• Tue
  • Sep 2, 2014
  • Updated: 7:28am

'We felt dizzy, water in the fish tank moved'

PUBLISHED : Wednesday, 27 December, 2006, 12:00am
UPDATED : Wednesday, 27 December, 2006, 12:00am
 

Hong Kong residents, unaccustomed to earthquakes, last night were rattled by the city's second in three months.


Wong Wing-tak, a senior scientific officer at the Observatory, said two tremors, each lasting for a few seconds, were felt two minutes after a powerful quake shook the seabed off Taiwan.


A resident of Jubilee Garden in Sha Tin, who gave his name only as Mr Kwan, said he felt a swaying rather than a shaking sensation in his 18th floor home.


'It swayed forward and backward for about 10 seconds, though it was not very serious. I experienced an earthquake once in Japan, so I knew at once what it was.'


Mr Kwan said last night's earthquake was much stronger and longer than the one that struck the city on September 14.


'I was a bit scared ... I was prepared to run downstairs if it lasted longer,' he said.


Danny Ma, who lives in Charming Garden in Mong Kok West, said he felt the building shake.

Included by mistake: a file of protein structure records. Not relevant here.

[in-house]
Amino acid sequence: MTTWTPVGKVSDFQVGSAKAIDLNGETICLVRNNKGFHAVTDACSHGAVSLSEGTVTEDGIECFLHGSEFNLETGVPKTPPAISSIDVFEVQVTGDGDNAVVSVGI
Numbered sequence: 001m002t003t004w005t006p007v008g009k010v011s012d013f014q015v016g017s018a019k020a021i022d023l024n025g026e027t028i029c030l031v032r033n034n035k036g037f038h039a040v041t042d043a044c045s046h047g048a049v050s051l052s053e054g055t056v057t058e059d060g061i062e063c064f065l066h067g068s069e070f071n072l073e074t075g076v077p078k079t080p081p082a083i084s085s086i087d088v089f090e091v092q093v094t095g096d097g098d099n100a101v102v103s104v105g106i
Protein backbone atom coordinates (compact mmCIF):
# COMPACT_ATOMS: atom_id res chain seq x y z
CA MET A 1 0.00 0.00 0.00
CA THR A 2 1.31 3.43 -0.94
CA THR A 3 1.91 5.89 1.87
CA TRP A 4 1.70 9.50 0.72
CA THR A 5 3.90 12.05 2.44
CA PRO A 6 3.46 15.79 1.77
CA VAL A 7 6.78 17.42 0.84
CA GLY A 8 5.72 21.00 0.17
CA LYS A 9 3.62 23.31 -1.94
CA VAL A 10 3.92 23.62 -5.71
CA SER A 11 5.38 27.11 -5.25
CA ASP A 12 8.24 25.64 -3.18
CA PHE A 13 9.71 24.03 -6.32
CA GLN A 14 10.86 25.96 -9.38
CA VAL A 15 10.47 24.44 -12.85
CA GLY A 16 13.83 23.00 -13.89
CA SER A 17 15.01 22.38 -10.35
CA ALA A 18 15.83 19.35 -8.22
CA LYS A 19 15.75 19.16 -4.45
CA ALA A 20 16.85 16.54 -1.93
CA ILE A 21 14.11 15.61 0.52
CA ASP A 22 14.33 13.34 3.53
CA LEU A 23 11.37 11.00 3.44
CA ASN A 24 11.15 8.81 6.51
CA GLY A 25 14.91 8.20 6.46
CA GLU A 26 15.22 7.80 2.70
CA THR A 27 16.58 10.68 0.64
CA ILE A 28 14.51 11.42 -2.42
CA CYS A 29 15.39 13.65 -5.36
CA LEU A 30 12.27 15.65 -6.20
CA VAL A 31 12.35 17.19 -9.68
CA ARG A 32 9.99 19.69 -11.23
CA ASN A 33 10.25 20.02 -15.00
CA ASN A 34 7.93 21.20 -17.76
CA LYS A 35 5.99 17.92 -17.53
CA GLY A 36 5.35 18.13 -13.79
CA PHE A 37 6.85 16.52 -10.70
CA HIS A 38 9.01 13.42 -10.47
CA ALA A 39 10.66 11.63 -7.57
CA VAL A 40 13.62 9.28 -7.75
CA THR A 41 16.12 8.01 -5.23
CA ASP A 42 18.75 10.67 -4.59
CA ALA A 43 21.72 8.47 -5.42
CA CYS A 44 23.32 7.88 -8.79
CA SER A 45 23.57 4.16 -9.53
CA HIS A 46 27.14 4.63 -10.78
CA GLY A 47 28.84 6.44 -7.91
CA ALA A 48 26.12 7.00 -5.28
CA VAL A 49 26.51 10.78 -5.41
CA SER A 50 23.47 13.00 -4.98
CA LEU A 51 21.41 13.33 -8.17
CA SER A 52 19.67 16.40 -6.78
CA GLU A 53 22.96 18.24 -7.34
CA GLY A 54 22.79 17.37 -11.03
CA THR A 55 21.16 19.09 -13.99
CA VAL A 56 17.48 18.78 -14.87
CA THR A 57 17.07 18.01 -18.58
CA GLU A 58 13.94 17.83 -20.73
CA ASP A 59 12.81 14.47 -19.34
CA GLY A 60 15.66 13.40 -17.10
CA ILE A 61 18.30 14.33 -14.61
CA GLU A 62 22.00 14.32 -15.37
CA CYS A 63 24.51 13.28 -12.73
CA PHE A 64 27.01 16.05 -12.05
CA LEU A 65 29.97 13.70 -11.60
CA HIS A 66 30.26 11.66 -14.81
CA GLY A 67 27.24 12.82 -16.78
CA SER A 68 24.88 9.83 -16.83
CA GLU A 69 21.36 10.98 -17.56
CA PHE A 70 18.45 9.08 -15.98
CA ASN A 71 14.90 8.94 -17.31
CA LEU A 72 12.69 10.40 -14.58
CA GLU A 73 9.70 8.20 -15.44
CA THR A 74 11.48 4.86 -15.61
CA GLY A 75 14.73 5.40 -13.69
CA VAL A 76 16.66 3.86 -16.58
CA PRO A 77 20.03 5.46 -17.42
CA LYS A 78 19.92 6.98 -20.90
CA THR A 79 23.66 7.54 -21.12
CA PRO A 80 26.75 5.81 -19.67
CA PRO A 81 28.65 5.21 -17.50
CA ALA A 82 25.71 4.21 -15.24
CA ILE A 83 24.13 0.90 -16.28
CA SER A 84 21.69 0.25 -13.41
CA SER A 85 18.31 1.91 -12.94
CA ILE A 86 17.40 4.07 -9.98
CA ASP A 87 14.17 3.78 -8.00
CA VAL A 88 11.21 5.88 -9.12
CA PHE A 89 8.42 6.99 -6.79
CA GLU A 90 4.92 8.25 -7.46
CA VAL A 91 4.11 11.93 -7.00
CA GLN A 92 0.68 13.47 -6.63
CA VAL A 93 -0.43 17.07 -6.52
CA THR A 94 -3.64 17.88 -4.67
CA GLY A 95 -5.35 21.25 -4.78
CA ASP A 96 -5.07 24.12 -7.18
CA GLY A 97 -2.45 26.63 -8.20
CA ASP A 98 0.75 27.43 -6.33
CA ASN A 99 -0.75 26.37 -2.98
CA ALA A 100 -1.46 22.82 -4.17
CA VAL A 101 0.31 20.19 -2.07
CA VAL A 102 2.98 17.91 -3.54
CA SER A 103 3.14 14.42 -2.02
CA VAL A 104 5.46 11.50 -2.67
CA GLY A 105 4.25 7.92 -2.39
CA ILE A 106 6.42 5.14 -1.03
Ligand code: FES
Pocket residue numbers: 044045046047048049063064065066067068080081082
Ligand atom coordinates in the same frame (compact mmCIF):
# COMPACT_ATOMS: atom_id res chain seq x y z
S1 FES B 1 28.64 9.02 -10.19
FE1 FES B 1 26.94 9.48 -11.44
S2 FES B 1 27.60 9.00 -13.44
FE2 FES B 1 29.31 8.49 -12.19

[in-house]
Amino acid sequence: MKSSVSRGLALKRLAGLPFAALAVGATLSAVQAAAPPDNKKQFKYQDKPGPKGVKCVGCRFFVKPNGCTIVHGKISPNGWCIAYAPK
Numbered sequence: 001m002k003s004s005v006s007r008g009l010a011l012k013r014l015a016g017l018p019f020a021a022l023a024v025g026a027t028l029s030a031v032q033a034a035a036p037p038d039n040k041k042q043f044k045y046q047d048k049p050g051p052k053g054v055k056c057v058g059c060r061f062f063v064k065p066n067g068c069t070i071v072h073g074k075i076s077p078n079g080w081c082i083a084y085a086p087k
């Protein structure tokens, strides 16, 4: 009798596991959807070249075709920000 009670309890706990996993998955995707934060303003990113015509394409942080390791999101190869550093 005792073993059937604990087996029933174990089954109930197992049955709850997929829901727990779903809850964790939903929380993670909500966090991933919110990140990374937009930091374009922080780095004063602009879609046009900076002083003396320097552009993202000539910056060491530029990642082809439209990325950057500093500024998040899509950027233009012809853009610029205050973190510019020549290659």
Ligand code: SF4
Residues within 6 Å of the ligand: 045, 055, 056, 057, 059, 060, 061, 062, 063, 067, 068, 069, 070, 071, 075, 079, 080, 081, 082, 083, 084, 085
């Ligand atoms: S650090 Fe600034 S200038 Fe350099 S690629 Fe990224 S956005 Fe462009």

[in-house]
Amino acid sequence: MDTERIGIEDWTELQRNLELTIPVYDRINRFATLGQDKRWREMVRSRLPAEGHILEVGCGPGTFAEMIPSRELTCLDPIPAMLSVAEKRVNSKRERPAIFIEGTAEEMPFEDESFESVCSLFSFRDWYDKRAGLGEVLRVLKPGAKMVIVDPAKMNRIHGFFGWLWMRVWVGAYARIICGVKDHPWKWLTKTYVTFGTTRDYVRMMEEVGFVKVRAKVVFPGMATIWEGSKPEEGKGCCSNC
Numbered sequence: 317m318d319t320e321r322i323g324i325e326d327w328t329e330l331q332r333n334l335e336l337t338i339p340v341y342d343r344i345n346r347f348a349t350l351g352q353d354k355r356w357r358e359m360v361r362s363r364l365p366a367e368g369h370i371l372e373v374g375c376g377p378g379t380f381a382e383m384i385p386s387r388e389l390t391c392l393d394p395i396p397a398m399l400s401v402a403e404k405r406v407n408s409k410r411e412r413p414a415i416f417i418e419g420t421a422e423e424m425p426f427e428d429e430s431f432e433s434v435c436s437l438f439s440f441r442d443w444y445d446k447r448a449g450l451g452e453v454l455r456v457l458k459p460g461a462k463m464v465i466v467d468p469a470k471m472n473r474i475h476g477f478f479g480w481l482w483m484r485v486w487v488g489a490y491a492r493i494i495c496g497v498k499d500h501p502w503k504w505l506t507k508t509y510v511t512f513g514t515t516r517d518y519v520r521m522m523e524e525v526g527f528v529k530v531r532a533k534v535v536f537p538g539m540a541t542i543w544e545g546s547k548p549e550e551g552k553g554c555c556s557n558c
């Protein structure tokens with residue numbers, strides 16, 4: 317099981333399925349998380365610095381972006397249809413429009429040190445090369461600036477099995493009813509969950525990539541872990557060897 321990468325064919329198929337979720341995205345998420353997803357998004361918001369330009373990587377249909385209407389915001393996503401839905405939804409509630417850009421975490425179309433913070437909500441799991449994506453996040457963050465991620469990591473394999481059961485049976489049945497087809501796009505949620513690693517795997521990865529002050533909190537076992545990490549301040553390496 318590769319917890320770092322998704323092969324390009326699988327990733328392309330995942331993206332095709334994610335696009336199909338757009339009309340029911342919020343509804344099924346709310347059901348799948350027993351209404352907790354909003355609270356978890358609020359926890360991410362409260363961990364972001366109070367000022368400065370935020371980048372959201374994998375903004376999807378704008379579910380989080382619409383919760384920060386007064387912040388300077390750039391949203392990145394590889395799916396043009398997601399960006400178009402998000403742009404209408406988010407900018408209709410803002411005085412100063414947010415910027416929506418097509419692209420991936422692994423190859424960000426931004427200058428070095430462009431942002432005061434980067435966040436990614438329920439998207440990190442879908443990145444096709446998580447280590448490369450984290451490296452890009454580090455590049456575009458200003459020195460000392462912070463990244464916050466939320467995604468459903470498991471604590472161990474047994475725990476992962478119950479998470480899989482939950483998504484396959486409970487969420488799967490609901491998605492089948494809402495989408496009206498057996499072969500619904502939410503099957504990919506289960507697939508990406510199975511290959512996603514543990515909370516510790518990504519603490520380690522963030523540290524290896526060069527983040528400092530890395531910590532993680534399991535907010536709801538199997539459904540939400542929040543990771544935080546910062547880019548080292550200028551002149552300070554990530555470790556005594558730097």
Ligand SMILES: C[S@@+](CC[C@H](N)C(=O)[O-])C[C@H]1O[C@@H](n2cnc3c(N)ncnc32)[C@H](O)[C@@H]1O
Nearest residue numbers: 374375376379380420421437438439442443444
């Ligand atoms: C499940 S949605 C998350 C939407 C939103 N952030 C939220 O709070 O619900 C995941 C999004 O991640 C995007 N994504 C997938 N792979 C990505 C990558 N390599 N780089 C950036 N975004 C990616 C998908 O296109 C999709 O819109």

'My wife and I were feeling a bit dizzy. The water in the fish tank was moving up and down. The amplifiers were shaking,' Mr Ma said. 'We were scared. We thought the building might collapse. That went on for about two to three minutes. It stopped for a few minutes and then started shaking again, this time for about a minute.'


Fiona Tsang was surfing the internet in western Mid-Levels when she noticed her computer desk shaking and her wind chimes moving.


On The Peak, Alexandre Loisy, who is holidaying in Hong Kong, said: 'I felt like I was in a boat.'


Despite residents' impressions that the shaking was stronger than during the 3.5-magnitude quake off Dangan Island on September 14, Mr Wong said this was not so. Although last night's quake was bigger, its epicentre was further away.


He also dismissed suggestions that it was abnormal for two earthquakes to be felt in one year, saying the city recorded an average of two a year, although they might not be noticed by everyone.


The Observatory received more than 20 calls and police were called to help a wheelchair-bound man leave his flat.


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